Some of the rumors on the Internets are easier to vet than others. You can tell it’s shopped because of the pixels, the claim is completely outrageous, or maybe a PR person is nice enough to come out and say something.
Digital Foundry, though, dug up a weird one.
A post appeared on the AssemblerGames forums advertising a Durango devkit for the low-low price of $10,000. The Durango is, of course, the current codename for Microsoft’s follow-up to the Xbox 360. The post included shots of the box itself and of the hardware supposedly running attached to a monitor. Without a doubt, it looks fake. There’s nothing about it that matches the public face of the Xbox. Moreover, there’s the source. Digital Foundry talked to the source of the leak, DaE, whose Twitter feed doesn’t exactly paint an image of the most reliable person you know.
The pictures depict a black box with some blue trim connected to a monitor displaying the word Durango against a black and green Matrix-style background. It looks like someone took their old Dell and put it next to a photoshopped picture. Digital Foundry, however, says they were able to talk to a few developers who are confirmed to be working on next-gen games.
The developers said across the board that these are actually accurate, real shots of the current Durango devkit.
There’s a lot of circumstantial evidence offered by the source regarding the box. According to Digital Foundry, the source says the boxes were sent out in February and feature an Intel processor, an NVIDIA graphics card, and 8-12GB of RAM. The Xbox 360 sports an IBM Xenon-based processor, while the first Xbox was powered by Intel. That shift was supposedly to keep costs down for this generation, so the shift back is curious. The same goes for the graphics. Microsoft switched from NVIDIA to AMD this generation. It’s worth noting, however that DaE indicates on his Twitter feed that “it’s an AMD.”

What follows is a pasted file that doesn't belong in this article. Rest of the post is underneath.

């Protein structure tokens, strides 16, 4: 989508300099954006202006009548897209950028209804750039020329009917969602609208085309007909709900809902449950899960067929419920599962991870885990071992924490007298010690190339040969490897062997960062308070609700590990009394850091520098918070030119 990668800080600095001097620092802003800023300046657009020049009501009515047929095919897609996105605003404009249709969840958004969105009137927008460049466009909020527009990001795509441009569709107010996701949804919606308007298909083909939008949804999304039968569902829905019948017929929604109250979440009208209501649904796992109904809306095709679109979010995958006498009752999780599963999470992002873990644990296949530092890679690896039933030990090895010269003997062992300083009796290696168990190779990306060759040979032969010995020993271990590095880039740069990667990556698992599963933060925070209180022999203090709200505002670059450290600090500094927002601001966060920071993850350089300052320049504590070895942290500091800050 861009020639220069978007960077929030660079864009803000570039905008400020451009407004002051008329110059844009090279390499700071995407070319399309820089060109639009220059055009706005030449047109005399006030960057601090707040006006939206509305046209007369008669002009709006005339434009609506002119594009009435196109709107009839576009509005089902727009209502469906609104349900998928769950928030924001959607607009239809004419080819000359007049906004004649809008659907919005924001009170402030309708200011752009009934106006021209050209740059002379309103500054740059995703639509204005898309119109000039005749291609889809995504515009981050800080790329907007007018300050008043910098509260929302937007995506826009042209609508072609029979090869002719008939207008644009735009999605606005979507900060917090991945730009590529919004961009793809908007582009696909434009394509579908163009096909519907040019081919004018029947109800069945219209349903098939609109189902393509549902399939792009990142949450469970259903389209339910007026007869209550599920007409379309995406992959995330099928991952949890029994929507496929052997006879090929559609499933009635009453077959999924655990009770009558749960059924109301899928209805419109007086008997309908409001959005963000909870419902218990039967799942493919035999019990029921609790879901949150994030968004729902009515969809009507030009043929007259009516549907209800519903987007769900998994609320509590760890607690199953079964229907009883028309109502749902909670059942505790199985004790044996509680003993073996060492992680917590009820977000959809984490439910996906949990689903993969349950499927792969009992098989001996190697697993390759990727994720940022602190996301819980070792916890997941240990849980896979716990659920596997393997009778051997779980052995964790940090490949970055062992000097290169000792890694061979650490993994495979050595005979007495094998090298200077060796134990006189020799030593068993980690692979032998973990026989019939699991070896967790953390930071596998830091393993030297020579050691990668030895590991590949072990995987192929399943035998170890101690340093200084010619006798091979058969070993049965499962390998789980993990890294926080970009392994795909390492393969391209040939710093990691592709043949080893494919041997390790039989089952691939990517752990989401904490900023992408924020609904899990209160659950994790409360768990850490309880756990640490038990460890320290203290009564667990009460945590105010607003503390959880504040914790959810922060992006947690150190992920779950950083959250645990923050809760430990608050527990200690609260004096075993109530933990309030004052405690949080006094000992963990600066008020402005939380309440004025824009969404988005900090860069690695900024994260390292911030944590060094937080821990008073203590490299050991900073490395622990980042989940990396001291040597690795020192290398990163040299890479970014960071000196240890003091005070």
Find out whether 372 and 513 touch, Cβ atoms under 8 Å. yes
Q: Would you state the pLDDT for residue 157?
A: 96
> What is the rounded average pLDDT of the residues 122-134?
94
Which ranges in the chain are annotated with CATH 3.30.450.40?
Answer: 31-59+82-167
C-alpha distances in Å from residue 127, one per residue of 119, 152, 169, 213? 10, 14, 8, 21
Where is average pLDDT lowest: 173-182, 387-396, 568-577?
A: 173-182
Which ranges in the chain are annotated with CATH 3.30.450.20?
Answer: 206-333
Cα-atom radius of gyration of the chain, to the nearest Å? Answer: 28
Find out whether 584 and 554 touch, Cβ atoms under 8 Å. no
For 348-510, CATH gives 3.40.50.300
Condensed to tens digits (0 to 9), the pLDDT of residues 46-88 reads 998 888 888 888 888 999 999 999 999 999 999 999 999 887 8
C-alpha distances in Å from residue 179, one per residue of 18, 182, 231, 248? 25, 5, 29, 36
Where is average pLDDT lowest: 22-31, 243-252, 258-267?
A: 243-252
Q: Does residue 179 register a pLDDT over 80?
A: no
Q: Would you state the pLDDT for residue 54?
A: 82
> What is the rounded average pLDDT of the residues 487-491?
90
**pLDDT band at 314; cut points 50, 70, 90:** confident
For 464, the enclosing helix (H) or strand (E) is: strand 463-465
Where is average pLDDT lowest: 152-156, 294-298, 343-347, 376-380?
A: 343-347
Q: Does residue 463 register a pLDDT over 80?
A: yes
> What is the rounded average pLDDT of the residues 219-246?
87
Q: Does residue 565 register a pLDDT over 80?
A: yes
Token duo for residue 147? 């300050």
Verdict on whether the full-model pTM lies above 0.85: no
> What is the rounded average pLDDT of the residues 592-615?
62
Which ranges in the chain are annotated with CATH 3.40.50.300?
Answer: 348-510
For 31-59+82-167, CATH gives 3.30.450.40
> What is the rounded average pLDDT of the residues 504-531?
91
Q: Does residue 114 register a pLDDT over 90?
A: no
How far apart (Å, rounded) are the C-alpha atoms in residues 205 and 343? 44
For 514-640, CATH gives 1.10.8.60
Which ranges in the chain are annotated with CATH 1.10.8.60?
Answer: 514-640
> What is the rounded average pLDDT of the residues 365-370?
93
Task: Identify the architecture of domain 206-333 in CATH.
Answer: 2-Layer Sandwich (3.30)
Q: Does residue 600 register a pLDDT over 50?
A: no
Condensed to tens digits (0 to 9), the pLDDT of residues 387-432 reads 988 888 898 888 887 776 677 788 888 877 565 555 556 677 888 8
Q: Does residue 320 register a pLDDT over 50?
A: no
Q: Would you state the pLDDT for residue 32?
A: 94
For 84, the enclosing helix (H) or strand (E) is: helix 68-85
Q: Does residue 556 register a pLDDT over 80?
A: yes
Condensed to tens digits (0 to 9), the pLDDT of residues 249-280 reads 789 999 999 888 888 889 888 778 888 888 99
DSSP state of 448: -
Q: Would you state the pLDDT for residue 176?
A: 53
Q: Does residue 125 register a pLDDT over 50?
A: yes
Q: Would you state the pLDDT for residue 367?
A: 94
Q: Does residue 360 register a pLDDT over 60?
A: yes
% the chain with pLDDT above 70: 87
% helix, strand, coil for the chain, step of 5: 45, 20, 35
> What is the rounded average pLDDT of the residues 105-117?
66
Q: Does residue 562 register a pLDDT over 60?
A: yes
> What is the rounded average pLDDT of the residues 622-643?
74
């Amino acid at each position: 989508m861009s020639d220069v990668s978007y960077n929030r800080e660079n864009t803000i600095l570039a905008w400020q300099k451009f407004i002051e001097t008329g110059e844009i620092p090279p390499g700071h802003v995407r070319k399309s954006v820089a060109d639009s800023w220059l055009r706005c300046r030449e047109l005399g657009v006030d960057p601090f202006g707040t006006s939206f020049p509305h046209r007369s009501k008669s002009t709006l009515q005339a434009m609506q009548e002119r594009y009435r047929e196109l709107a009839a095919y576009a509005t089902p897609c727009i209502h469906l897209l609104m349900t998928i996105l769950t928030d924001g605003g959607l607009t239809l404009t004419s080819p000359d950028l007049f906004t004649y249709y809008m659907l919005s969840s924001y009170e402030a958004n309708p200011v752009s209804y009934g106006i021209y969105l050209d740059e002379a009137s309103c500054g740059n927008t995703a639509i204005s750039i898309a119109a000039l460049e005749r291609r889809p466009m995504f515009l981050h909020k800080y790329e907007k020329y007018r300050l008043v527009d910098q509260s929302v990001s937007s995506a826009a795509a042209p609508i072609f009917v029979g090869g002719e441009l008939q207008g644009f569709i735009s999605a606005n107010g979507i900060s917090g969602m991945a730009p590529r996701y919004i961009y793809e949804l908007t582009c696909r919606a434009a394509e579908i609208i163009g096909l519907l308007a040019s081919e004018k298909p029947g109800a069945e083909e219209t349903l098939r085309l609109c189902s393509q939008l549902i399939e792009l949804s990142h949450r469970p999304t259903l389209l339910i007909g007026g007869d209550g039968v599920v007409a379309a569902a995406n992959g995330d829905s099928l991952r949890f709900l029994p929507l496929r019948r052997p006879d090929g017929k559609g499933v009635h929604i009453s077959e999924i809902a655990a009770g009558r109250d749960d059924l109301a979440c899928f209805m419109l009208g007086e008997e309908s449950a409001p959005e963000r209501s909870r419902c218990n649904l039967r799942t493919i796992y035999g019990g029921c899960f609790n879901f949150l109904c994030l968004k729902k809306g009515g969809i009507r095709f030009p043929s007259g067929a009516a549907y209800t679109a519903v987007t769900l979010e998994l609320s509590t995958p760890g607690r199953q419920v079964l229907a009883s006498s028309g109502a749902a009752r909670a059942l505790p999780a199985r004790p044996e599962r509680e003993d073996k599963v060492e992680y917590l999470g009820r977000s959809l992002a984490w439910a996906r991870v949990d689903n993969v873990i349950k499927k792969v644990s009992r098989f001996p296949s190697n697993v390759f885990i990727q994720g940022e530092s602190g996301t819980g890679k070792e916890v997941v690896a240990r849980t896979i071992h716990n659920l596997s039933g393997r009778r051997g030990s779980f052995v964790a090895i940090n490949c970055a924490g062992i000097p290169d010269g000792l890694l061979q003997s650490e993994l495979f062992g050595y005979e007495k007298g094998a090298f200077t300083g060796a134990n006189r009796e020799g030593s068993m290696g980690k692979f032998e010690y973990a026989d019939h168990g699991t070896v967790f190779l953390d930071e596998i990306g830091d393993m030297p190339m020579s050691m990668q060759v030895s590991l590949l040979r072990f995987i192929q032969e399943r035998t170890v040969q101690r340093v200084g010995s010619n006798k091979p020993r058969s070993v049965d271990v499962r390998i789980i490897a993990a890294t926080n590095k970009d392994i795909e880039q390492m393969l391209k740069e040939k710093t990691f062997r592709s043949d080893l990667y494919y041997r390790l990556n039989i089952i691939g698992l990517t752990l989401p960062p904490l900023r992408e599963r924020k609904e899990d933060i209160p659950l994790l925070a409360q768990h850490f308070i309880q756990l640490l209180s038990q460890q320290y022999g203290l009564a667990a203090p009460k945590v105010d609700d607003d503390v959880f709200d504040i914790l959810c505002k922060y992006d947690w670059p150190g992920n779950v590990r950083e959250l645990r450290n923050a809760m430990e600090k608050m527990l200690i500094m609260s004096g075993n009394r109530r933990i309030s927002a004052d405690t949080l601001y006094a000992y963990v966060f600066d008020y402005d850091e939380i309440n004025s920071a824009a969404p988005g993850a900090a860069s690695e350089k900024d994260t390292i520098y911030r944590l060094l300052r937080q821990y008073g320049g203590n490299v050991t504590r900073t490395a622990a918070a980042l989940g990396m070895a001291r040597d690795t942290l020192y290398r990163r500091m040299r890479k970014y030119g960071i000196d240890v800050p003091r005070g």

The screenshots shows that at the very least, if the source doesn’t actually have the hardware, he knows a bit about game development. On the photo of the running hardware, the Durango kit shows D3DD11Game and NuiView. NuiView is a tool used for rendering camera views pulled off the Kinect hardware. The screenshot he included of the actual development software was also confirmed by the developers Digital Foundry spoke with. The program, labeled Microsoft Durango Debugger, shows the same D3DD11Game as listed on the front end screen.
The hardware and the screenshots, as easy as they might be to dismiss, aren’t as silly as they look at first glance.
Pre-release devkits always look like entirely forgettable PCs. It’s not until after the hardware and design of the console are finalized that we’d see anything resembling a real console.